Shannon Elizabeth Hardwick has chapbooks out with Thrush Press and Mouthfeel Press. Her work has appeared in Salt Hill, Stirring, Versal, The Texas Observer, Devil’s Lake, Four Way Review, among others. Hardwick is the Poetry Editor at The Boiler Journal. She holds an MFA from Sarah Lawrence College and her first full-length collection Before Isadore was published by Sundress Publications.
You could have been a saint kissing
babies, mothers’ bellies, on their way
inside clinics. You could have held a gun
to your head. Instead—we never think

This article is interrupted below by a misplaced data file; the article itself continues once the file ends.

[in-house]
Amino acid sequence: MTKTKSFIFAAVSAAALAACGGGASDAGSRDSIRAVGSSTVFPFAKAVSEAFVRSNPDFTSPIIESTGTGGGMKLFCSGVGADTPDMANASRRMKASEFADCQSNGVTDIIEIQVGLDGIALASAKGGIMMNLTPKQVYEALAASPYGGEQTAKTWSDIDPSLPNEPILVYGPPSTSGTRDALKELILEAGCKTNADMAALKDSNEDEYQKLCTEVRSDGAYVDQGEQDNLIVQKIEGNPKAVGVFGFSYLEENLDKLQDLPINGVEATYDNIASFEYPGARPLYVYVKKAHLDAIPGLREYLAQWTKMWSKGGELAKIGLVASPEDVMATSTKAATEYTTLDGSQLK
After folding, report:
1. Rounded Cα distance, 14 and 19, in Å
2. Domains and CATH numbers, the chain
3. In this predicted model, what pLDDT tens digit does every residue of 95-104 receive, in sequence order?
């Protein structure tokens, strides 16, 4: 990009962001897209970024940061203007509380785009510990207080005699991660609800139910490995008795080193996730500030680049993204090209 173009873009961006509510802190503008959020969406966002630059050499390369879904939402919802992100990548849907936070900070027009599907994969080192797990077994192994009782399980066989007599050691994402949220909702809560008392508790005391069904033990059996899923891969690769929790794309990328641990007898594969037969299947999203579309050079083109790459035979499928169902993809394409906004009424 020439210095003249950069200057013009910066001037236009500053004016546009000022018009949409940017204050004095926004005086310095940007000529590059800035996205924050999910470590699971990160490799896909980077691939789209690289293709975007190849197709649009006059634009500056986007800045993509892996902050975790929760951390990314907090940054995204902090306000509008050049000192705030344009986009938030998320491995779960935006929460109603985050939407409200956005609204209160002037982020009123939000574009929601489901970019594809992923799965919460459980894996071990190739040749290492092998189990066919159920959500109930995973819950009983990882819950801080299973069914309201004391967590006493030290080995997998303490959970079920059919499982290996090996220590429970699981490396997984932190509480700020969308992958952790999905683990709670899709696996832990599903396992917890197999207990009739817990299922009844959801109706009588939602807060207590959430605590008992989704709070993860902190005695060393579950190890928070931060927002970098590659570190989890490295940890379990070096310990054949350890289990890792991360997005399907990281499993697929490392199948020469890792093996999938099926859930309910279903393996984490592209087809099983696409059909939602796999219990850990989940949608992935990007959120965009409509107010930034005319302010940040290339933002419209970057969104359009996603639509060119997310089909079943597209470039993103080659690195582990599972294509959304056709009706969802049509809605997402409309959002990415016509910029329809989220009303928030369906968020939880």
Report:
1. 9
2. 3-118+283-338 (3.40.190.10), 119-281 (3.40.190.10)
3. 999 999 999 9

of this, how what we create, once breathing,
writes its own stoned path to the top of the mountain.
Mary, before the conception,
before my hard-won freedom,
rose above my head.
That night, there were red-robed monks praying
over bowls of rice milk, simple men smiling
in New York—a series of dreams
where I was walking toward do not
open the chest (or was it a horse trough?)
There was water. I know
for sure because a severed head
does not turn black in soil alone.
The red-robed monks returned
two times the following fall.
I was with another man then.
Even still, in the past,
I carried you, dreamed
the burden of being,
becoming your ship—it went
like this: first, a series of plates
hung from the ceiling and below,
the red-robed men unable
to feast on what was waiting to be
taken. I reached out.
Every hunger grew more in the roof field.
I could not keep myself from wanting.